Insects of Britain and Ireland: the families of Hemiptera
Shield-bugs, Stink Bugs.
Salient features of adults. Terrestrial.
Phytophagous (mostly), or predacious (on slow-moving insects). Small to large; 4–14 mm long; fliers; emitting repugnatorial liquid as a defence reaction; relatively stout bodied. Rostrum clearly separated ventrally from the prosternum by a sclerotized gula. Antennae from the lower part of the head; longer than the head, readily visible from above; usually 5 segmented; non-aristate. Ocelli usually present. Scutellum very large (sometimes enormous, sometimes extending to the end of the abdomen). Metathorax with a scent-gland opening, comprising a funnel surrounded by a dull patch of elaborately sculptured cuticle, visible laterally on either side. Fore-wings well developed; in the resting insect lying more or less flat over the abdomen; differentiated into a basally thickened and a distally membranous region; with a clavus. Tarsi 3 segmented. Pulvilli present. The abdominal tergites with 7 visible connexivia (according to Imms). The abdomen without ventral silvery pubescence.
Bugs commonly brown; bases of the antennae concealed by the side-margins of head, the corium bases reaching the sides of the body to form epipleura, and seven abdominal tergites with visible connexivia; tibiae rarely spiny. Scutellum extending the full length of the abdomen, or much shorter short and triangular. Species with the long scutellum are distinguished from Scutelleridae by possesion of slender, pointed anterior projections from the lateral margins of the pronotum to near the eyes..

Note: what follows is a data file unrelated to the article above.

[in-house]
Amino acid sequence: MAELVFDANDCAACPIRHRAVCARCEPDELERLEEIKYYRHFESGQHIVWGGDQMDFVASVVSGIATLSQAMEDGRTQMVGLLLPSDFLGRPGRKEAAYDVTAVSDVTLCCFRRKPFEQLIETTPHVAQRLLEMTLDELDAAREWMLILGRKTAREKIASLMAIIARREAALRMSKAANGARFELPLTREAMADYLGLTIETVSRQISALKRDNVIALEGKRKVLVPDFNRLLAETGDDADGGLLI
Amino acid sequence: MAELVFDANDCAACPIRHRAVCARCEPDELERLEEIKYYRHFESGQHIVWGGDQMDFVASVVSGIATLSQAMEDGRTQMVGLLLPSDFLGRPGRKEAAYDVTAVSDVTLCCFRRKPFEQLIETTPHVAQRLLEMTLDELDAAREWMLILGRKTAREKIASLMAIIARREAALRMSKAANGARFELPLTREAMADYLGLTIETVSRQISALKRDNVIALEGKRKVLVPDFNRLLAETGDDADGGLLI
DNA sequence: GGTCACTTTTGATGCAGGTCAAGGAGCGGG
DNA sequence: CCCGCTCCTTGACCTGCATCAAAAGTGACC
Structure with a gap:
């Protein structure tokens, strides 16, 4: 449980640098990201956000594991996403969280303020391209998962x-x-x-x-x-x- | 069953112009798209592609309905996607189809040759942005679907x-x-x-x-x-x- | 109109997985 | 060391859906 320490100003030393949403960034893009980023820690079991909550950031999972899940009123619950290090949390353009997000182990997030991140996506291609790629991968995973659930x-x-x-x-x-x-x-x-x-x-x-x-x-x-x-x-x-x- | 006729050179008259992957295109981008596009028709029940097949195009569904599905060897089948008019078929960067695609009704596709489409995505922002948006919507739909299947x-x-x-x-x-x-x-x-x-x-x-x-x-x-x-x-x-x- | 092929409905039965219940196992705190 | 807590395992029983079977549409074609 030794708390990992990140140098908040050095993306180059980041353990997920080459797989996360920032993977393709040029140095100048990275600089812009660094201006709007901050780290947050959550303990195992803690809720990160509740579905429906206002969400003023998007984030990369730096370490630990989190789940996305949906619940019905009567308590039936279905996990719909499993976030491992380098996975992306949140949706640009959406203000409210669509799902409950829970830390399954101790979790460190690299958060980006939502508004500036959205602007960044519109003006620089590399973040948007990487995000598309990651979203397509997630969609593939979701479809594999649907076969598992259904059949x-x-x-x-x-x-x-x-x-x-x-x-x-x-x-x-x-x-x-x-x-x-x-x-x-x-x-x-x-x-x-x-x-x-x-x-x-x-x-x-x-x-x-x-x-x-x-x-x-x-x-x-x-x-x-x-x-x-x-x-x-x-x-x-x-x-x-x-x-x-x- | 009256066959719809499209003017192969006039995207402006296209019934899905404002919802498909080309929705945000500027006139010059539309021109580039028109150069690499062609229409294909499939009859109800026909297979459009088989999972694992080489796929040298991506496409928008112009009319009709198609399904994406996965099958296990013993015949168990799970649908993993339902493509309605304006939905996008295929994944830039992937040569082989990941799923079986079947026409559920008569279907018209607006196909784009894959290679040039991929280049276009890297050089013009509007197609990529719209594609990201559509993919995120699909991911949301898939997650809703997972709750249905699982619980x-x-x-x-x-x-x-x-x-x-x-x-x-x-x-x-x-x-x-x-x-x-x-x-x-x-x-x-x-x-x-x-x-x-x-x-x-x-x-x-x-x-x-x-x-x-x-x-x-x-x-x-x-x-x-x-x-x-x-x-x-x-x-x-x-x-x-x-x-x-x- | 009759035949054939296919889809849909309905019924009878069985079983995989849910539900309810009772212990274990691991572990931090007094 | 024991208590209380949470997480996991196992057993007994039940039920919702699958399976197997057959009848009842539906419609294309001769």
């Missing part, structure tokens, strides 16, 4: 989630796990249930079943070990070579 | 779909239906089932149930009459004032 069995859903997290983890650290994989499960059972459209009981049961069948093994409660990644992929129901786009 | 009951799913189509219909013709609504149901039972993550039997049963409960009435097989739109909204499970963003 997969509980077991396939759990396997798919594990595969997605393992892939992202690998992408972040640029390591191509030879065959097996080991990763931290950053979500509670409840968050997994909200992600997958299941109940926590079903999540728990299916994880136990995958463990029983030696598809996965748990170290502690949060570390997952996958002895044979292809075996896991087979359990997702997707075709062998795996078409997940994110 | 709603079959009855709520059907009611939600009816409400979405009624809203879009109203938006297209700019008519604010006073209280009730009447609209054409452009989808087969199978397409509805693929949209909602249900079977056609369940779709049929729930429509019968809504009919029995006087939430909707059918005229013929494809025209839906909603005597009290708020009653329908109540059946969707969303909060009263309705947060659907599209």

Taxonomy. Suborder Heteroptera; Pentatomoidea.
British representation. About 22 species in Britain; genera about 18. Aelia, Carpocoris, Dolycoris, Eurydema, Eysarcoris, Holcostethus, Jalla, Neottiglossa, Palomena, Pentatoma, Picromerus, Piezodorus, Pitedia, Podops, Rhacognathus, Sciocoris, Troilus, Zicrona. E.g., Zicrona caerulea (Blue Shield-bug).
Comments. In late summer, some Pentatominae transfer their attentions to developing and ripe fruit, and if not excluded on harvesting can it by the nauseous discharge from their metathoracic glands.
Illustrations. • Zicrona caerulea (Blue Shield-bug: B. Ent. 20). • Zicrona caerulea (detail: B. Ent. 20). • Zicrona caerulea (dissections: B. Ent. 20). • Zicrona caerulea (legend+text: B. Ent. 20). • Zicrona caerulea (text: B. Ent. 20, cont.). • Aelia acuminata: B. Ent. 704. • Aelia acuminata: B. Ent. 704, legend+text. • Aelia acuminata: B. Ent. 704, legend cont.. • Eurydema, Eysarcoris, Neottiglossa, Zicrona, with Cydnidae (Southwood & Leston). • Aelia, Podops, Rhacognathus, Sciocoris (Southwood & Leston). • Dolycoris, Palomena, Pentatoma, Picromerus, Piezodorus, Troilus (Southwood & Leston). • Aelia, Carpocoris, Dolycoris, Eysacoris, Holcostethus, Neottiglossa, Pitedia, Sciocoris: Saunders, 1892.. • Eurydema, Jalla, Palomena, Pentatoma, Picromerus, Piezodorus, Rhacognathus, Troilus, Zicrona: Saunders, 1892.. • Podops inuncta, with unrelated taxa: Saunders, 1892..
To view the illustrations with detailed captions, go to the interactive key. This also offers full and partial descriptions, diagnostic descriptions, differences and similarities between taxa, lists of taxa exhibiting or lacking specified attributes, and distributions of character states within any set of taxa.
Cite this publication as: ‘Watson, L., and Dallwitz, M.J. 2003 onwards. Insects of Britain and Ireland: the families of Hemiptera. Version: 16th May 2016. delta-intkey.com’.